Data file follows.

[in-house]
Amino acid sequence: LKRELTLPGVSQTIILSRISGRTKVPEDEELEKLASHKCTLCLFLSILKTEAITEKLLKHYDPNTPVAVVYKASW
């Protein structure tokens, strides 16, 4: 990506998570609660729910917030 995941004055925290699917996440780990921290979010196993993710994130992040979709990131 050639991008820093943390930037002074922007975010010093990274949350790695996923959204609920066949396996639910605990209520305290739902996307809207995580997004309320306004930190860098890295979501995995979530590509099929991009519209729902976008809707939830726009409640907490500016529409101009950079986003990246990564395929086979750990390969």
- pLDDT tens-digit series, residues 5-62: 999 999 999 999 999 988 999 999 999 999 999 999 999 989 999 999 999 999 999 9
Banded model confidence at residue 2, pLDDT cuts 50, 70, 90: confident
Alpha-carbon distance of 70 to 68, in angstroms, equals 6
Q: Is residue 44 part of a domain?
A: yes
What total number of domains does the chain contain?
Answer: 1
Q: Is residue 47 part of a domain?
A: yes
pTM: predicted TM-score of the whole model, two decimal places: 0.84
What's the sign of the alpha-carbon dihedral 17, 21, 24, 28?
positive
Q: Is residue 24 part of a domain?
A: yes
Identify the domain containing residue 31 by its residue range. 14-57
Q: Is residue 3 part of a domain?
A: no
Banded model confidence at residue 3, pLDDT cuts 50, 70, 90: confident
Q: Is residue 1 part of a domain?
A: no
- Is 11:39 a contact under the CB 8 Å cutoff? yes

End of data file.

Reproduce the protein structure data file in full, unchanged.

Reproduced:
[in-house]
Amino acid sequence: LKRELTLPGVSQTIILSRISGRTKVPEDEELEKLASHKCTLCLFLSILKTEAITEKLLKHYDPNTPVAVVYKASW
């Protein structure tokens, strides 16, 4: 990506998570609660729910917030 995941004055925290699917996440780990921290979010196993993710994130992040979709990131 050639991008820093943390930037002074922007975010010093990274949350790695996923959204609920066949396996639910605990209520305290739902996307809207995580997004309320306004930190860098890295979501995995979530590509099929991009519209729902976008809707939830726009409640907490500016529409101009950079986003990246990564395929086979750990390969």
- pLDDT tens-digit series, residues 5-62: 999 999 999 999 999 988 999 999 999 999 999 999 999 989 999 999 999 999 999 9
Banded model confidence at residue 2, pLDDT cuts 50, 70, 90: confident
Alpha-carbon distance of 70 to 68, in angstroms, equals 6
Q: Is residue 44 part of a domain?
A: yes
What total number of domains does the chain contain?
Answer: 1
Q: Is residue 47 part of a domain?
A: yes
pTM: predicted TM-score of the whole model, two decimal places: 0.84
What's the sign of the alpha-carbon dihedral 17, 21, 24, 28?
positive
Q: Is residue 24 part of a domain?
A: yes
Identify the domain containing residue 31 by its residue range. 14-57
Q: Is residue 3 part of a domain?
A: no
Banded model confidence at residue 3, pLDDT cuts 50, 70, 90: confident
Q: Is residue 1 part of a domain?
A: no
- Is 11:39 a contact under the CB 8 Å cutoff? yes